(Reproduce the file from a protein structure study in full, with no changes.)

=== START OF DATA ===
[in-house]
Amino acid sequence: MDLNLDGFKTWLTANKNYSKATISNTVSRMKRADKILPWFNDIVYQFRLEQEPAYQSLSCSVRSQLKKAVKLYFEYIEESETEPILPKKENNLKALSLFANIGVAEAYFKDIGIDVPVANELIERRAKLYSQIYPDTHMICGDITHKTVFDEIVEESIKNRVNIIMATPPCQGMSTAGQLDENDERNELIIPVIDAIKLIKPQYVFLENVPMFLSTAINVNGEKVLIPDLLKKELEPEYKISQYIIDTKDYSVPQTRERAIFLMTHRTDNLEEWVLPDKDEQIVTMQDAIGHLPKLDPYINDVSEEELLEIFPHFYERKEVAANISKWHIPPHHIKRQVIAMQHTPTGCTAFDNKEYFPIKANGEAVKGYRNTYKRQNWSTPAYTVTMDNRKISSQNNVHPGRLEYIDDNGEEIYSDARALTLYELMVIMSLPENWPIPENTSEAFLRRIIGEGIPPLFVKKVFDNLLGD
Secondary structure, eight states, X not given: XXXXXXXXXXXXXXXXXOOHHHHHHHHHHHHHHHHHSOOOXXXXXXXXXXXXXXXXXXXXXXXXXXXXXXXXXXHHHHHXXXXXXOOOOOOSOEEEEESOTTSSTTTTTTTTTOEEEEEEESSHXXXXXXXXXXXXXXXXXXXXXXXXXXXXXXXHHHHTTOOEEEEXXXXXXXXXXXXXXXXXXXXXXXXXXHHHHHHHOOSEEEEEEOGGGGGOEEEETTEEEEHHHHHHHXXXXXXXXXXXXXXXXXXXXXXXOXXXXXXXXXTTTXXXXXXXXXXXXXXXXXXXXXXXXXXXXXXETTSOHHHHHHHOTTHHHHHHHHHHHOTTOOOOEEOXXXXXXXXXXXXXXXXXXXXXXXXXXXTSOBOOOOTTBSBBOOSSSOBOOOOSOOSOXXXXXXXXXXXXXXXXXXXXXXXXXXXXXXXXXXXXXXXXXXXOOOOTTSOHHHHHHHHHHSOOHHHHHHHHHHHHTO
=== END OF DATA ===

[in-house]
Amino acid sequence: MDLNLDGFKTWLTANKNYSKATISNTVSRMKRADKILPWFNDIVYQFRLEQEPAYQSLSCSVRSQLKKAVKLYFEYIEESETEPILPKKENNLKALSLFANIGVAEAYFKDIGIDVPVANELIERRAKLYSQIYPDTHMICGDITHKTVFDEIVEESIKNRVNIIMATPPCQGMSTAGQLDENDERNELIIPVIDAIKLIKPQYVFLENVPMFLSTAINVNGEKVLIPDLLKKELEPEYKISQYIIDTKDYSVPQTRERAIFLMTHRTDNLEEWVLPDKDEQIVTMQDAIGHLPKLDPYINDVSEEELLEIFPHFYERKEVAANISKWHIPPHHIKRQVIAMQHTPTGCTAFDNKEYFPIKANGEAVKGYRNTYKRQNWSTPAYTVTMDNRKISSQNNVHPGRLEYIDDNGEEIYSDARALTLYELMVIMSLPENWPIPENTSEAFLRRIIGEGIPPLFVKKVFDNLLGD
Secondary structure, eight states, X not given: XXXXXXXXXXXXXXXXXOOHHHHHHHHHHHHHHHHHSOOOXXXXXXXXXXXXXXXXXXXXXXXXXXXXXXXXXXHHHHHXXXXXXOOOOOOSOEEEEESOTTSSTTTTTTTTTOEEEEEEESSHXXXXXXXXXXXXXXXXXXXXXXXXXXXXXXXHHHHTTOOEEEEXXXXXXXXXXXXXXXXXXXXXXXXXXHHHHHHHOOSEEEEEEOGGGGGOEEEETTEEEEHHHHHHHXXXXXXXXXXXXXXXXXXXXXXXOXXXXXXXXXTTTXXXXXXXXXXXXXXXXXXXXXXXXXXXXXXETTSOHHHHHHHOTTHHHHHHHHHHHOTTOOOOEEOXXXXXXXXXXXXXXXXXXXXXXXXXXXTSOBOOOOTTBSBBOOSSSOBOOOOSOOSOXXXXXXXXXXXXXXXXXXXXXXXXXXXXXXXXXXXXXXXXXXXOOOOTTSOHHHHHHHHHHSOOHHHHHHHHHHHHTO